In a study published in the journal Chest, original analysis was performed on data from 14,091 adult subjects (all participants in the U.S. National Health and Nutrition Examination Survey conducted between 1988 and 1994). Lung function was measured in two ways: by the volume of air that could be forcibly blown out in total (forced vital capacity, or FVC), and the volume blown out in one second (forced expiratory volume, or FEV1). Vitamin D was measured using serum 25-hydroxyvitamin D, a standard indicator of vitamin D levels.

After adjusting for age, gender, height, body mass index, ethnicity, and smoking history, the difference in lung function between the groups with the highest and lowest vitamin D intake was substantial in both the FVC and FEV1 tests (172 mL and 126 mL respectively, p < 0.0001).>

Although further studies are necessary to determine whether vitamin D supplementation may be beneficial in cases of chronic respiratory disease, this study has shown that vitamin D may have a positive influence on pulmonary health, with greater levels of vitamin D associated with more positive benefits.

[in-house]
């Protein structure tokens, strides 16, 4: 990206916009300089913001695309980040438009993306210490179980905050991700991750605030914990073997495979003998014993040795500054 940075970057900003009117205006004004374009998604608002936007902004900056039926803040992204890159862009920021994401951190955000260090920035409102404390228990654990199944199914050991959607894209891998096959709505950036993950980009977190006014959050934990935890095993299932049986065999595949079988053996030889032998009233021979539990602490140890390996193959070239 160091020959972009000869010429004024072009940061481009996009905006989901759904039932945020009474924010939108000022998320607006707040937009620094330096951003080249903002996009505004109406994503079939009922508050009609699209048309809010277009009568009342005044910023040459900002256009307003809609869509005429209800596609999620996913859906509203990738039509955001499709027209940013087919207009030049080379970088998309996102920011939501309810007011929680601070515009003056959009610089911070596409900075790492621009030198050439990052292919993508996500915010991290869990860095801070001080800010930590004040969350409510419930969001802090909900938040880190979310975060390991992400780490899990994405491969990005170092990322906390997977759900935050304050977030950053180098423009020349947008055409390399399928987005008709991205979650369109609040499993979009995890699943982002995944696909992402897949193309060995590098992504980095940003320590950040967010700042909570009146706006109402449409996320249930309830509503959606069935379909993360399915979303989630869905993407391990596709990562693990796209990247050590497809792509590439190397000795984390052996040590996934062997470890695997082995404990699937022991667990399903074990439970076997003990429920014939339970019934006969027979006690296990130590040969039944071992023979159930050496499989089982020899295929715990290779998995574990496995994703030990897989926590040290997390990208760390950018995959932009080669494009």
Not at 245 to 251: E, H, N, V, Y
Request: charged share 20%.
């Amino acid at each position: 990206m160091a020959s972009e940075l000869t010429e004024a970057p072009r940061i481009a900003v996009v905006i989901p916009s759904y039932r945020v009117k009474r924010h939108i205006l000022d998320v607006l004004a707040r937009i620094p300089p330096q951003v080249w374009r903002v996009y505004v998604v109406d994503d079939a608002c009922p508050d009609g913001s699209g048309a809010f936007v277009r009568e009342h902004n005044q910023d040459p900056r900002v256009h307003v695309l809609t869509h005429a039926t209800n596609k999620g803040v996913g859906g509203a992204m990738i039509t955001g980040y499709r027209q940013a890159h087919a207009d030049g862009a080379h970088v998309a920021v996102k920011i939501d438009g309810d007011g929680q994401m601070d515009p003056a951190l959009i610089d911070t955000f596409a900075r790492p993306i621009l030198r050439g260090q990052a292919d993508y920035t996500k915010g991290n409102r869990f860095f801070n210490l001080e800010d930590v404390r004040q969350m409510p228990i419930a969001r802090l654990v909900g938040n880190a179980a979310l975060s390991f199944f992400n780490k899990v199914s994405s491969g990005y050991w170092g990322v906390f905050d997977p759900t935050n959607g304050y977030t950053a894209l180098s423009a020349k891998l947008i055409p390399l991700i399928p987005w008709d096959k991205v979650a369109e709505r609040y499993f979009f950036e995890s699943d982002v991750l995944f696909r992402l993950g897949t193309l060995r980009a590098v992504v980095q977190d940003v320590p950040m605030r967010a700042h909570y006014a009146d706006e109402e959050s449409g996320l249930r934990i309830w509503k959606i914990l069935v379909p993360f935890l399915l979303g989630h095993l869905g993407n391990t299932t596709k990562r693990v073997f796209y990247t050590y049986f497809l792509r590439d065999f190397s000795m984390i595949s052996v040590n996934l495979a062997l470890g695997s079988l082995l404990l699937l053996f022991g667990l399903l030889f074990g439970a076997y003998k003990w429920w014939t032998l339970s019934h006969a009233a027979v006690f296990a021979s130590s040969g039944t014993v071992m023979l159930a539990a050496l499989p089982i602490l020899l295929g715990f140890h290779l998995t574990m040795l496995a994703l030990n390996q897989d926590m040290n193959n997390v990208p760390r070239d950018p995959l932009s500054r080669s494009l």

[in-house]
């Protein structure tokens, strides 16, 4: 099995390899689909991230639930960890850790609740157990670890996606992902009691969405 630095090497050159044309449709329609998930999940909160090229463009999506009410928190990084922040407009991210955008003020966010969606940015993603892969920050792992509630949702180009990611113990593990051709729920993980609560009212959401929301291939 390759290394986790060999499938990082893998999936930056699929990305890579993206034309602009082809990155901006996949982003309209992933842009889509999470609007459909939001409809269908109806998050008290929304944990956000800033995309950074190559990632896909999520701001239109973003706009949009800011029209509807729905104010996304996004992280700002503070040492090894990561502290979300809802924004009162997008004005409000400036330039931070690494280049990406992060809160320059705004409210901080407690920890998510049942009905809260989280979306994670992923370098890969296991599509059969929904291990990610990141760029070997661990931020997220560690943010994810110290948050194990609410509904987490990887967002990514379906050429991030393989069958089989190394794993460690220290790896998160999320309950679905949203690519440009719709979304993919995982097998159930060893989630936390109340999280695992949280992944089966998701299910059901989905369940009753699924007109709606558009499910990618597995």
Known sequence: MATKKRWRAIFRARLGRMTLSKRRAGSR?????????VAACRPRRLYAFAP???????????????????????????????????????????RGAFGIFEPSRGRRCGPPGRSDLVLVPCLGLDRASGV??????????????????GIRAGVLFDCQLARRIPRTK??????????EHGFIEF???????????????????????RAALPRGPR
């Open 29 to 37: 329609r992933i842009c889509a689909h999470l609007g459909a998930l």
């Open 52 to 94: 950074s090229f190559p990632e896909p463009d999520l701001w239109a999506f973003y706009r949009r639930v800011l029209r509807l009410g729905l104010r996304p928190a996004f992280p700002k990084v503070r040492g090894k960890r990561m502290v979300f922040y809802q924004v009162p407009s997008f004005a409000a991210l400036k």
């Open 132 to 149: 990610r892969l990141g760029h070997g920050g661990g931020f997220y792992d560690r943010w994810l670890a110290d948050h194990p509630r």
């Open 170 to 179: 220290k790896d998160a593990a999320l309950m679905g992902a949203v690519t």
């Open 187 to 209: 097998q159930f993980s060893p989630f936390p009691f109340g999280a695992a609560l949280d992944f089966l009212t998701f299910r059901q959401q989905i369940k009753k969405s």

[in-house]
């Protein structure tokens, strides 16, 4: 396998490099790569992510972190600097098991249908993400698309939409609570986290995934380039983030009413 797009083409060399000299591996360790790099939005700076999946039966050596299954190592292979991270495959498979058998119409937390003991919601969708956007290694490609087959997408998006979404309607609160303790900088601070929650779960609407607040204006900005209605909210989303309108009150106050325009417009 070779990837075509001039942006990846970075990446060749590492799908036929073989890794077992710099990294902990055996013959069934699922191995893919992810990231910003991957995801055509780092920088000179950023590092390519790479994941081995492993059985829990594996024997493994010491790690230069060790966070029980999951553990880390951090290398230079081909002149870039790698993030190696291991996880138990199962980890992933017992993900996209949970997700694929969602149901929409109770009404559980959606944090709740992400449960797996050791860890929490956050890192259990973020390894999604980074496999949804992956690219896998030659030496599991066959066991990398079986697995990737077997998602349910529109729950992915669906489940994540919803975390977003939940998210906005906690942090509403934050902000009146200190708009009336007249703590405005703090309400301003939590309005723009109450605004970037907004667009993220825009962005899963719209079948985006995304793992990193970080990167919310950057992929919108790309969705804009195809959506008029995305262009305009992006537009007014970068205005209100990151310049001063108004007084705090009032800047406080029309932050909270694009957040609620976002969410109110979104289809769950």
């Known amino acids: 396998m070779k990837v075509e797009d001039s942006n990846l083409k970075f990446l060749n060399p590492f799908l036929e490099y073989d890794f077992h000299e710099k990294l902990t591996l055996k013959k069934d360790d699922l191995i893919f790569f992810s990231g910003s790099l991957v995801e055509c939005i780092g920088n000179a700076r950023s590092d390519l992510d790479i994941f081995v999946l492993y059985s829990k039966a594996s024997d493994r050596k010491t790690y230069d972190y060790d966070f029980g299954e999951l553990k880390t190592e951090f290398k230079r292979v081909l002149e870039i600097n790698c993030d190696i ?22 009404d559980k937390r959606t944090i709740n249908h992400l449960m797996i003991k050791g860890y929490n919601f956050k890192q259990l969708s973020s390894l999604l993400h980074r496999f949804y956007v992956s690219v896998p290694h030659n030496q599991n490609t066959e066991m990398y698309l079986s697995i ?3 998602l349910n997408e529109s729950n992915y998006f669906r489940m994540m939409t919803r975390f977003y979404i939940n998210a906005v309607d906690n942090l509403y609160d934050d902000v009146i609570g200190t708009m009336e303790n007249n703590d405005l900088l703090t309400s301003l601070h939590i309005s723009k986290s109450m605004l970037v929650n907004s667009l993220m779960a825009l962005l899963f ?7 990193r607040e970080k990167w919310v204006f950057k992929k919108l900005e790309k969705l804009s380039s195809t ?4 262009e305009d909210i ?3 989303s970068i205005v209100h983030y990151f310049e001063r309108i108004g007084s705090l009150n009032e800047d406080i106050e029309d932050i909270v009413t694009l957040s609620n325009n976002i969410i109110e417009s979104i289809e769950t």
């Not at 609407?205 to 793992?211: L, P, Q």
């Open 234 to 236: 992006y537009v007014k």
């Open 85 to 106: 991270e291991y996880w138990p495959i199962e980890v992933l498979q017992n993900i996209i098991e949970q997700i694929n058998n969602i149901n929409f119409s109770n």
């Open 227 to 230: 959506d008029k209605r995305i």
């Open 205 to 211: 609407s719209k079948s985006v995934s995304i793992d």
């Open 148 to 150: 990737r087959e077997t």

Wednesday, February 24, 2010

Vitamin D deficiency associated with cardiovascular disease prevalence

In a large sample of U.S. adults, new research indicates that vitamin D deficiency is associated with an increased prevalence of cardiovascular disease.

Inadequate vitamin D levels are known to be associated with certain cardiovascular disease (CVD) risk factors, but until recently the association between vitamin D levels and the prevalence of CVD had not been comprehensively examined in the general U.S. population.

In a recent study published in Atherosclerosis, researchers examined data from the Third National Health and Nutrition Examination Survey (NHANES), a population-based sample of more than 16,000 U.S. adults.

In the total survey population, 1,308 subjects had some form of CVD. Using the standard definition of vitamin D deficiency (a serum level below 20 ng/mL), participants with CVD had a higher incidence of vitamin D deficiency (29.3%) than those without CVD (21.4%). After adjusting for age, gender, race/ethnicity, season of measurement, physical activity, body mass index, smoking status, hypertension, diabetes, elevated cholesterol, chronic kidney disease, and vitamin D use, the researchers showed that subjects deficient in vitamin D had a 20% increased risk of CVD.